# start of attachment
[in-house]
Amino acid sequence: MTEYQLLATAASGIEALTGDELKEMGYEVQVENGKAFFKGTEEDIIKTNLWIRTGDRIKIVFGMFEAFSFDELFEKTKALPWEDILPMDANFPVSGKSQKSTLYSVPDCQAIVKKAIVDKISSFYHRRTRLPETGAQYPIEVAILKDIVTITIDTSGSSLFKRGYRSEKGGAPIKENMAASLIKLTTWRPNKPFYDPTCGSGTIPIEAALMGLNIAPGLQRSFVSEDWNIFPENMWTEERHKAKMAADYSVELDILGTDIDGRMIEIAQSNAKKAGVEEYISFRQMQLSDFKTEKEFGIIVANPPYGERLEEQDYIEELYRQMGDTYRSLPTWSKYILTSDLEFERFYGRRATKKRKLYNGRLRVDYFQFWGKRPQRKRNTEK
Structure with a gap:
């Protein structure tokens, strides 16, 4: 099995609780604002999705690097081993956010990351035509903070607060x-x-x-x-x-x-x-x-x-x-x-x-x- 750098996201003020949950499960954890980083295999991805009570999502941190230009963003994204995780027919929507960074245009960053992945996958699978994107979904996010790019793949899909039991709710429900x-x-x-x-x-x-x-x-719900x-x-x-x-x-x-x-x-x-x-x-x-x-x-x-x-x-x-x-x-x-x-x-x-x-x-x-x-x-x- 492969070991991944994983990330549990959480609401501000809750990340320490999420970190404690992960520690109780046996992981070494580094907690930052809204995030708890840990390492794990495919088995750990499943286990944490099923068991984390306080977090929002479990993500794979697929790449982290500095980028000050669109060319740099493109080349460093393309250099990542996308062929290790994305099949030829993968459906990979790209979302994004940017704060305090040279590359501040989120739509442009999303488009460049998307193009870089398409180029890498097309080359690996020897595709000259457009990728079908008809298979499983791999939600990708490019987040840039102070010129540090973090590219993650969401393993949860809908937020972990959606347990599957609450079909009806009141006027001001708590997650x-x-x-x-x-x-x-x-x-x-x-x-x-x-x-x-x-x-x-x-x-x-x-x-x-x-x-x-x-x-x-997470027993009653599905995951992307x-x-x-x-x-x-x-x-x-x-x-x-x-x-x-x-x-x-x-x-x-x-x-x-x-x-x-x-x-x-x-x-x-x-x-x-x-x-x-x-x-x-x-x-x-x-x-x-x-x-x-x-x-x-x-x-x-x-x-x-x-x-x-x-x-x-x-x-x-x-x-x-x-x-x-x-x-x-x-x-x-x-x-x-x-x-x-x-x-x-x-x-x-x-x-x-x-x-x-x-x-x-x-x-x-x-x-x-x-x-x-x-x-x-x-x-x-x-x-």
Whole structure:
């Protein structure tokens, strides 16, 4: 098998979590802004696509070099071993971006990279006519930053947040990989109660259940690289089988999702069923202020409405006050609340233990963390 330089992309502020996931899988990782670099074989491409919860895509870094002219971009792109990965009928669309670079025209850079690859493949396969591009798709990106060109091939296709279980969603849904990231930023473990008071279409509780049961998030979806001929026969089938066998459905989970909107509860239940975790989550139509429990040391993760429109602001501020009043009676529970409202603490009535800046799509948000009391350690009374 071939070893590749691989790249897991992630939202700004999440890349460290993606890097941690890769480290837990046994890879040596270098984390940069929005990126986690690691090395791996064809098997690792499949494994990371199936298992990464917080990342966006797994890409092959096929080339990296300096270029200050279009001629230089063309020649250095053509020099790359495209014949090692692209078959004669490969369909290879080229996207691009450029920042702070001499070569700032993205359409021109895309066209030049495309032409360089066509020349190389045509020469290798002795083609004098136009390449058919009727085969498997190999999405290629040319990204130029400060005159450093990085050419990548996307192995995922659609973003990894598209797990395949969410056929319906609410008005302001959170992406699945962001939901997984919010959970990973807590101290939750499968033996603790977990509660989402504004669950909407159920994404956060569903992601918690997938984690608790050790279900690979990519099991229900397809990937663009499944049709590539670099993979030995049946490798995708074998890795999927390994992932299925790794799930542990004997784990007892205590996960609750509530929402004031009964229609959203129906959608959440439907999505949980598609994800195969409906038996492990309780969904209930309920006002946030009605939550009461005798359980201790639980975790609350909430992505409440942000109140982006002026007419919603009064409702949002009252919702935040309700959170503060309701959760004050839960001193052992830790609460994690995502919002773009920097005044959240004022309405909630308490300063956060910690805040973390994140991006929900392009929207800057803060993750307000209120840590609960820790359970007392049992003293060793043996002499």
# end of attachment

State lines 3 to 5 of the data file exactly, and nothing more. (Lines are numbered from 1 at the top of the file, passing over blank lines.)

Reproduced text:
Structure with a gap:
């Protein structure tokens, strides 16, 4: 099995609780604002999705690097081993956010990351035509903070607060x-x-x-x-x-x-x-x-x-x-x-x-x- 750098996201003020949950499960954890980083295999991805009570999502941190230009963003994204995780027919929507960074245009960053992945996958699978994107979904996010790019793949899909039991709710429900x-x-x-x-x-x-x-x-719900x-x-x-x-x-x-x-x-x-x-x-x-x-x-x-x-x-x-x-x-x-x-x-x-x-x-x-x-x-x- 492969070991991944994983990330549990959480609401501000809750990340320490999420970190404690992960520690109780046996992981070494580094907690930052809204995030708890840990390492794990495919088995750990499943286990944490099923068991984390306080977090929002479990993500794979697929790449982290500095980028000050669109060319740099493109080349460093393309250099990542996308062929290790994305099949030829993968459906990979790209979302994004940017704060305090040279590359501040989120739509442009999303488009460049998307193009870089398409180029890498097309080359690996020897595709000259457009990728079908008809298979499983791999939600990708490019987040840039102070010129540090973090590219993650969401393993949860809908937020972990959606347990599957609450079909009806009141006027001001708590997650x-x-x-x-x-x-x-x-x-x-x-x-x-x-x-x-x-x-x-x-x-x-x-x-x-x-x-x-x-x-x-997470027993009653599905995951992307x-x-x-x-x-x-x-x-x-x-x-x-x-x-x-x-x-x-x-x-x-x-x-x-x-x-x-x-x-x-x-x-x-x-x-x-x-x-x-x-x-x-x-x-x-x-x-x-x-x-x-x-x-x-x-x-x-x-x-x-x-x-x-x-x-x-x-x-x-x-x-x-x-x-x-x-x-x-x-x-x-x-x-x-x-x-x-x-x-x-x-x-x-x-x-x-x-x-x-x-x-x-x-x-x-x-x-x-x-x-x-x-x-x-x-x-x-x-x-």
Whole structure: